There was no alarm. There was no announcement. Ben Sharp didn’t really tell anyone that he was putting his solo project on pause. But in 2015 he released the placid ‘Woum’, perhaps the least compelling entry in Cloudkicker’s unique back catalogue, and then, silence. Years of silence. The Ohio native had been so prolific before then, writing and recording a new release every 12 months on average, that the longer his absence extended, the more it felt like he might never return.
What a relief then, when, from out of nowhere, a new Cloudkicker album arrived late last year. ‘Unending’ was great- impressive enough even to feel like something of a sister record to Sharp’s best effort, ‘Beacons’– but it didn’t really have to be. It was satisfying just to hear those distinctive sounds and that dynamic songwriting again. Sharp subsequently promised it wouldn’t be another four years before another Cloudkicker album came around, but there’s no way he knew just how quickly he’d be able to work on a follow-up.
‘Solitude’, the eighth Cloudkicker album, was written and recorded entirely during the global lockdown in the wake of the COVID-19 pandemic. As Sharp puts it, this was produced “around the time the world was paused”. And, apparently now having had quite enough of pauses, Sharp has kicked against every possible meaning of the word. Here there are no interruptions, few intermissions, little chance to catch your breath. This is the most intense thing he has ever done.
You can hear it right away too. ‘Ludendorffbrucke’ begins with a brief moment of eerie menace before a powerful piano-down-a-staircase riff fills every space in the air. Few Cloudkicker moments come heavier. ‘What They Do Is Not Art’ is massive and metallic, the soundtrack to some alien invasion, ‘Ashtabula’ seems to accelerate for its entire runtime, and ‘Sandö’ is fully alive death metal. Then there’s the bass guitar, oh man the bass, it sounds like a feral animal, like a fireball, more in-your-face than Sharp has ever put it.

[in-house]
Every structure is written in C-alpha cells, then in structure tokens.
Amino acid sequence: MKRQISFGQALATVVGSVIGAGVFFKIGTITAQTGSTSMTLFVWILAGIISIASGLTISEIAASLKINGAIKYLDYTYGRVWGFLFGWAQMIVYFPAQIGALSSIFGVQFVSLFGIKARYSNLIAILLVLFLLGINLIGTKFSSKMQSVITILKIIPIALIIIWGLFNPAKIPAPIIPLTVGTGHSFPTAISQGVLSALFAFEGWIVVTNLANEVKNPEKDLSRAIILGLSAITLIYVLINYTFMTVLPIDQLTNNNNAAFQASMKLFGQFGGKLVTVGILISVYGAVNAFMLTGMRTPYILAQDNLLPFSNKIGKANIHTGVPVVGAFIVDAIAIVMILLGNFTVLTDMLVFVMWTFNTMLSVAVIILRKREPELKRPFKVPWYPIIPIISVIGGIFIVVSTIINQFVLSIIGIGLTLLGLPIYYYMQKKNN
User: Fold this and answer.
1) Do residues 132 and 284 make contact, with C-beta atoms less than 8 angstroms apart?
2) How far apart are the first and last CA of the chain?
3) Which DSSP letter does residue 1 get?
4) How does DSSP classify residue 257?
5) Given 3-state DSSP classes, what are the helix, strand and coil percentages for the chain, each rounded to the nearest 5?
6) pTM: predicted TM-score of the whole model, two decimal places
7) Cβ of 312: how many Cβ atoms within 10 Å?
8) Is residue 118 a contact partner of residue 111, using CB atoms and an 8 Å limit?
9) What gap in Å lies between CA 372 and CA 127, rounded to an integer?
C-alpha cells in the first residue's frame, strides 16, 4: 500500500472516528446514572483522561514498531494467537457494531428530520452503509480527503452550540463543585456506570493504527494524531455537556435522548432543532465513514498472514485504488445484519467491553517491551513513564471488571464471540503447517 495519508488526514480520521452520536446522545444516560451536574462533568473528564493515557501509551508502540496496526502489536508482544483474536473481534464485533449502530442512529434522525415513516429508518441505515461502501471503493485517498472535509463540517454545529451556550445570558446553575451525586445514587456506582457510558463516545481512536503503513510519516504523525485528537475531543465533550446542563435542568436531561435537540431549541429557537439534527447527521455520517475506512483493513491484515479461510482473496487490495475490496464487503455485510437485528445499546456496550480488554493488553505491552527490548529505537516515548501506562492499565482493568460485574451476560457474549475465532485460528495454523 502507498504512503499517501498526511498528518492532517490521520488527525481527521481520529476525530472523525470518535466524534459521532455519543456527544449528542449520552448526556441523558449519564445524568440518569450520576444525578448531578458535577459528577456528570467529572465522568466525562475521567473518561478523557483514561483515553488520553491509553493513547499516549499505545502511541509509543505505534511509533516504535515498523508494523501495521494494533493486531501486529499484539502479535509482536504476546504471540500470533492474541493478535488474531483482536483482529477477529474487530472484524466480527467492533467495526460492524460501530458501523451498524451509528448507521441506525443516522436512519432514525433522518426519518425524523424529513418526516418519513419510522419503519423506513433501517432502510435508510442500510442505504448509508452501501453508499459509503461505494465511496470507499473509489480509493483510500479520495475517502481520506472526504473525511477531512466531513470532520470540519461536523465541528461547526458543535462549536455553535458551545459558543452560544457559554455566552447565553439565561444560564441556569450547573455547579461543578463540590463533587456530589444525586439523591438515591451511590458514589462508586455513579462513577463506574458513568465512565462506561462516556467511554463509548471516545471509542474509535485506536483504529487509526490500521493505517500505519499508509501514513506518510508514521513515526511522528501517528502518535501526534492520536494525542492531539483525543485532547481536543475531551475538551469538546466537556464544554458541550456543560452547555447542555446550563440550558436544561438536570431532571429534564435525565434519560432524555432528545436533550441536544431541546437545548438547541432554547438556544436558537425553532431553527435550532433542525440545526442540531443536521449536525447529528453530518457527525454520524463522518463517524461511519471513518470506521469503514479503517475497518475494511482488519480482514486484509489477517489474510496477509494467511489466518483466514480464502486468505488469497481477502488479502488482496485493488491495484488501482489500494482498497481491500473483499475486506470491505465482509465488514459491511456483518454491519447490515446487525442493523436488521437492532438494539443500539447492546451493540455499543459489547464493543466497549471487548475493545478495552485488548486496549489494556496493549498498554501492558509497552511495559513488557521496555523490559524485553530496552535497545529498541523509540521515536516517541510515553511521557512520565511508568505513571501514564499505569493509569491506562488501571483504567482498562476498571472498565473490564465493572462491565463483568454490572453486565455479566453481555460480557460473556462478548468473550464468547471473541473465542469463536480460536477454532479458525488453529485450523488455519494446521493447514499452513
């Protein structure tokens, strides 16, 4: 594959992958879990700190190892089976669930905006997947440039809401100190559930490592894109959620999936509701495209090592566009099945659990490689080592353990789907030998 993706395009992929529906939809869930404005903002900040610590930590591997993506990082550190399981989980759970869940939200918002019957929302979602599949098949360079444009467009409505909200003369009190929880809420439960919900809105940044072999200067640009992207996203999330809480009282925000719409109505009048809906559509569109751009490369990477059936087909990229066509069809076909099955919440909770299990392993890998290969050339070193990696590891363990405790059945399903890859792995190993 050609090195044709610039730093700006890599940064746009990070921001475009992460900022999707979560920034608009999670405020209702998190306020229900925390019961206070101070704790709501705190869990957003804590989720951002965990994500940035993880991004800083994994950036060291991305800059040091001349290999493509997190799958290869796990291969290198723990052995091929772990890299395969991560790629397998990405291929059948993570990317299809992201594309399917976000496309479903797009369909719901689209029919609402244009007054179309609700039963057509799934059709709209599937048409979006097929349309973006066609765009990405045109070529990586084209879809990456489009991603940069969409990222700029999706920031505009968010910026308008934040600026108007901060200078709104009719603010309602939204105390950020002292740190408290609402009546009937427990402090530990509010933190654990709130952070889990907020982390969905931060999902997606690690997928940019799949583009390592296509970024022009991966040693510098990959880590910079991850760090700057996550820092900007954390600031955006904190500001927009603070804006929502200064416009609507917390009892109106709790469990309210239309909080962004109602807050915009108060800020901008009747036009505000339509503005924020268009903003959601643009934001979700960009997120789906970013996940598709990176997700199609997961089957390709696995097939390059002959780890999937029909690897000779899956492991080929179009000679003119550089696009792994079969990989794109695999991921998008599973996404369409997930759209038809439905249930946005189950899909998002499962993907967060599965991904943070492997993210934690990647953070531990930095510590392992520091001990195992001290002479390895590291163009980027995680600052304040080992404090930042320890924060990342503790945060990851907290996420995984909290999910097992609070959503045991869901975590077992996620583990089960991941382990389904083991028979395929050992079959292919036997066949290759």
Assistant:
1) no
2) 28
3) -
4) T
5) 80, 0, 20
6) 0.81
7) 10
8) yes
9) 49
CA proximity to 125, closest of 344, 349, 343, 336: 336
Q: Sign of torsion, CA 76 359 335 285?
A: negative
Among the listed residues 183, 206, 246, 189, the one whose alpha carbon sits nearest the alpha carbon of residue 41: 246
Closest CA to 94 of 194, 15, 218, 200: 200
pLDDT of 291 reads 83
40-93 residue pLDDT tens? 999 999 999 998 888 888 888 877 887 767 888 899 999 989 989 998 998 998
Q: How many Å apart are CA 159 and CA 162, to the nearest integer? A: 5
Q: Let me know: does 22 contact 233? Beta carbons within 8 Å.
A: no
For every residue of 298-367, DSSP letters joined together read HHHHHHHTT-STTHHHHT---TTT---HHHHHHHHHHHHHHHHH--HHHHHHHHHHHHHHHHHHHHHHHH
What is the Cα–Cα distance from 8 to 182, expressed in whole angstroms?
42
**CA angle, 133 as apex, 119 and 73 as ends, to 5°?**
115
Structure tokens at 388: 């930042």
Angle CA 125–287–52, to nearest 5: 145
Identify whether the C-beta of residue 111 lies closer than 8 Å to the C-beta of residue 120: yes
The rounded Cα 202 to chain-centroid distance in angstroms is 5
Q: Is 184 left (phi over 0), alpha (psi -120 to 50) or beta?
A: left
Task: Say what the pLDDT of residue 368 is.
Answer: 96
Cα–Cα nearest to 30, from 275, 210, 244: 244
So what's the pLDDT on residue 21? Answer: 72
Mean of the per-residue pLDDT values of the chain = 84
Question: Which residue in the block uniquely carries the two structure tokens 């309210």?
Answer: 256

There are moments of lush beauty and epic brilliance too, certainly enough to stop ‘Solitude’ from feeling relentless. ‘Code Language’, a highlight, shimmers as much as it shreds, and ‘Crawl Spaces’ is a mostly acoustic coda. But the overall tone here is deep, dark, and oppressive. Given world events during the construction of ‘Solitude’, perhaps it was impossible to keep such darkness out.
For the first time, Sharp hasn’t exactly done all of this on his own. If my notes are correct, Intronaut guitarist Sacha Dunable is only the second person ever to appear on a Cloudkicker record, adding extra layers of guitar and mellotron to a couple of tracks here. But really this remains a one-man mission. Whether exploring looping ambience or tectonic riffing, traditional post-rock or novel post-everything noise, Sharp’s sound is always evolving, always expanding. Hopefully it doesn’t take another international crisis for him to figure out what’s next. No more pauses.